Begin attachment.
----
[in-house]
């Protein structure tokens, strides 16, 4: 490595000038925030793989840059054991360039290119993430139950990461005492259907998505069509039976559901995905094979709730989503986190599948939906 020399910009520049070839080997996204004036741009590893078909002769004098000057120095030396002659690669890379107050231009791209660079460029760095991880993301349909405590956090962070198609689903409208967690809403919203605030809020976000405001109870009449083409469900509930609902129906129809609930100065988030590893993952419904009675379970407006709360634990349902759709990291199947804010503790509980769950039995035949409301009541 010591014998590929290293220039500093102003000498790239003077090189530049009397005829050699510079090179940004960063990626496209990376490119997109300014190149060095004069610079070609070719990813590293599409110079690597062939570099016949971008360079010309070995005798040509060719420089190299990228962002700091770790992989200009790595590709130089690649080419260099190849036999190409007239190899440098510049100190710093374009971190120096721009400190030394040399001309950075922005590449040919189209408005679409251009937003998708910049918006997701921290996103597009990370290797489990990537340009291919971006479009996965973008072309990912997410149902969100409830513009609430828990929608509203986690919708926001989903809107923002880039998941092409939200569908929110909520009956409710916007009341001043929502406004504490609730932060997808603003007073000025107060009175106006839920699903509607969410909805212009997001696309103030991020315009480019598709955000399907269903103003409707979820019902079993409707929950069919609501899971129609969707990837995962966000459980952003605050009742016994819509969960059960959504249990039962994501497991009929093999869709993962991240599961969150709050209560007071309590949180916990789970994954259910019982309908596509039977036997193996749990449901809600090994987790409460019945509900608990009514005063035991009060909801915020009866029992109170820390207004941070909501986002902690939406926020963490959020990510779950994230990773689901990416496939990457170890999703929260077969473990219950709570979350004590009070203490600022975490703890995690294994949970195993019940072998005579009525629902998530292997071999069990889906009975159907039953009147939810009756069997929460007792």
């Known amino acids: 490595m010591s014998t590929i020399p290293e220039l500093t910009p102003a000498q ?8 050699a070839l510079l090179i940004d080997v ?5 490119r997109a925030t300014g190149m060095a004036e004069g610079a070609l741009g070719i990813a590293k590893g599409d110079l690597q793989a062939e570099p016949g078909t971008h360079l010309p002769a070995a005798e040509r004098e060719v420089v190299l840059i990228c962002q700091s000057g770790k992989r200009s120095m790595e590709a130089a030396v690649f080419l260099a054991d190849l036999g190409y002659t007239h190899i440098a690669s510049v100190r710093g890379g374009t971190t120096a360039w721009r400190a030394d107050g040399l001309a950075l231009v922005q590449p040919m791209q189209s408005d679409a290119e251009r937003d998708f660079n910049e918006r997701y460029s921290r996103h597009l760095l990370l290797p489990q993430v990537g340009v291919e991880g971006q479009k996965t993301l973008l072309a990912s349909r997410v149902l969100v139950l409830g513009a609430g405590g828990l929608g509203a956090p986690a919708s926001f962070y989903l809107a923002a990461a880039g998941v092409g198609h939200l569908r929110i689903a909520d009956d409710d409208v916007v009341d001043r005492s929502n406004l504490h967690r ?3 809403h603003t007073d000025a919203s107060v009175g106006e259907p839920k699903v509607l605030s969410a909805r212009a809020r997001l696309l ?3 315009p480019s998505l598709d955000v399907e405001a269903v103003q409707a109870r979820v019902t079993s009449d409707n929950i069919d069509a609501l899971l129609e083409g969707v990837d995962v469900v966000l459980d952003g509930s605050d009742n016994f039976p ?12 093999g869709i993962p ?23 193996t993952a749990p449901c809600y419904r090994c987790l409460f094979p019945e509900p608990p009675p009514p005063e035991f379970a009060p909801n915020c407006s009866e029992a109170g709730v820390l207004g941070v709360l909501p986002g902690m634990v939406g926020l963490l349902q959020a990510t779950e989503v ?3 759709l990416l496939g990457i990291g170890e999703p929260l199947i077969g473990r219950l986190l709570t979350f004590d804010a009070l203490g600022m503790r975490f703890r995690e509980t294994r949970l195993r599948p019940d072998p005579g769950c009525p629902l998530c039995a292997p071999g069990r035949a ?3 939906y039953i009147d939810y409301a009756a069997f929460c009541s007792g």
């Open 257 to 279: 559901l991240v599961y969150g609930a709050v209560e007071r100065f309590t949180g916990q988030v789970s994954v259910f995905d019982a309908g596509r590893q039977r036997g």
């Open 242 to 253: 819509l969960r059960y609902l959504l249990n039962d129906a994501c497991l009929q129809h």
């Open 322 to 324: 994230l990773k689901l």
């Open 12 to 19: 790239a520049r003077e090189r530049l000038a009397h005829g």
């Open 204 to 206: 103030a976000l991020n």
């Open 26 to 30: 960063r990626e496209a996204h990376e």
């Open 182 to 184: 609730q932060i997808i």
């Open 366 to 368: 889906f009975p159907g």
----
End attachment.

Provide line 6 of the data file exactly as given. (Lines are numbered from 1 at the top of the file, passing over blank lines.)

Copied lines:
């Open 322 to 324: 994230l990773k689901l």